Respect.  First impressions speak volumes.  Just as you wouldn’t want a candidate to be late to an interview, don’t let them wait around for you either.  Treat your candidates as you would treat clients; offer them refreshments, give them a tour, sell the position that is vacant and highlight some of the many benefits of working at your institution.  Creating a welcoming and positive impression with candidates throughout the interview process is indicative of your company’s professional culture and greatly increases the odds a candidate will accept an offer.

Test, test, test.  The practice of assessing a candidate’s abilities before they are hired is a great way of learning the truth behind their claims.  Additionally, testing a candidate can serve as a catalyst to show where they need to improve.  Moreover, it may demonstrate how receptive someone is to learning, growing, and receiving constructive criticism.  Go beyond the standard assessment and dive into the world of customized testing (we can help with that!)

Provide timely feedback. If you’re working with an agency to fill a position, providing them with timely feedback about the candidates you’ve seen could save you a ton of time, resources and sanity.  In the beginning of a search, the qualifications seem concrete and exact: 1-3 years of experience, a financial services background, and skills A, B, and C. However, as it often happens, as you meet with candidates you realize that some of your original requirements need tweaking.  Perhaps a slightly more senior candidate with (specifically) private equity experience would be a better fit for the role.  They may seem like minor details, but the sooner you relay this information to your recruiter, the sooner you will be able to interview candidates with the new, more appropriate qualifications.  Even feedback on a candidate’s personality (too bubbly, not bubbly enough, didn’t listen well, not engaging) are important to relay to your recruiter.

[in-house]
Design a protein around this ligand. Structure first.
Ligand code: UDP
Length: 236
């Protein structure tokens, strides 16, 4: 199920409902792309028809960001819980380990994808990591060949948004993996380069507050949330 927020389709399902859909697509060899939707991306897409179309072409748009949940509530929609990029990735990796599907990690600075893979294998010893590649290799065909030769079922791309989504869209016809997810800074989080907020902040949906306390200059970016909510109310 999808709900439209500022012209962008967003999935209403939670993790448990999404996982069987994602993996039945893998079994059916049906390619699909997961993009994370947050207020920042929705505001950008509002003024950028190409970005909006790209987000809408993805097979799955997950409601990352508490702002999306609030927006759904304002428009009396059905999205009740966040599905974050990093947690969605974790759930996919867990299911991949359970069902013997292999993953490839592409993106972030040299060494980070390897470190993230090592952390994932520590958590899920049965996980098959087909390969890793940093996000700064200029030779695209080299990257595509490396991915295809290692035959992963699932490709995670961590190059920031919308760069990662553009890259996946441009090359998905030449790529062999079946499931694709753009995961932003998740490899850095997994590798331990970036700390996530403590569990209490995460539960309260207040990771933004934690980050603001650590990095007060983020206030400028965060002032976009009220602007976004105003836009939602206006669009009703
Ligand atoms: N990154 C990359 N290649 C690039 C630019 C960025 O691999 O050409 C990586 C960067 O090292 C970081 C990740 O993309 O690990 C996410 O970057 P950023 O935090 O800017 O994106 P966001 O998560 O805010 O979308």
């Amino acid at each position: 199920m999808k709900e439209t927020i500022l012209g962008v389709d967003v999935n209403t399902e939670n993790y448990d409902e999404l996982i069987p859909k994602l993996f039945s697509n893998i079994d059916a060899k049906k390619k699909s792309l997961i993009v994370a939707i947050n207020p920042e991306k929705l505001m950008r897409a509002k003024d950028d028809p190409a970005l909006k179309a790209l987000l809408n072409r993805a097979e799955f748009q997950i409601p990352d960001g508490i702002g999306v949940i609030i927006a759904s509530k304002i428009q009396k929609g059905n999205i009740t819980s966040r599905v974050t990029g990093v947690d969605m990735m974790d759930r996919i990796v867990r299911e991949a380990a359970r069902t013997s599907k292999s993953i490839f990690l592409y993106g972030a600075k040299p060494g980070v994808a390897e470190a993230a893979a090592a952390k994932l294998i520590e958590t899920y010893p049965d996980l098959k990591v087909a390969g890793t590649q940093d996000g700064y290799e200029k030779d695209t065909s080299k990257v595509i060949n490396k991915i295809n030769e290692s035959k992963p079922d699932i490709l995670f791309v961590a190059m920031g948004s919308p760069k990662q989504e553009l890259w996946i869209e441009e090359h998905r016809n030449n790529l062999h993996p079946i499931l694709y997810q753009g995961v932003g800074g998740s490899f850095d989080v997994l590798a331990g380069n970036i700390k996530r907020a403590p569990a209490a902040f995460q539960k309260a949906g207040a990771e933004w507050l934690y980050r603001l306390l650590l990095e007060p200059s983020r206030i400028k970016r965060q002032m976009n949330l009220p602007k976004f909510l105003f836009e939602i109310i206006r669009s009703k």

Chemistry is key.  A candidate who fits the bill with the (seemingly) perfect skills may not always be the best choice.  Business is about more than just getting the job done; it’s about creating, building and maintaining relationships with the individuals around you.  A company’s mission and values should come first, so if a candidate doesn’t fit your company’s culture, we highly recommend passing on that individual.  You can teach skills, but you cannot teach ideals.

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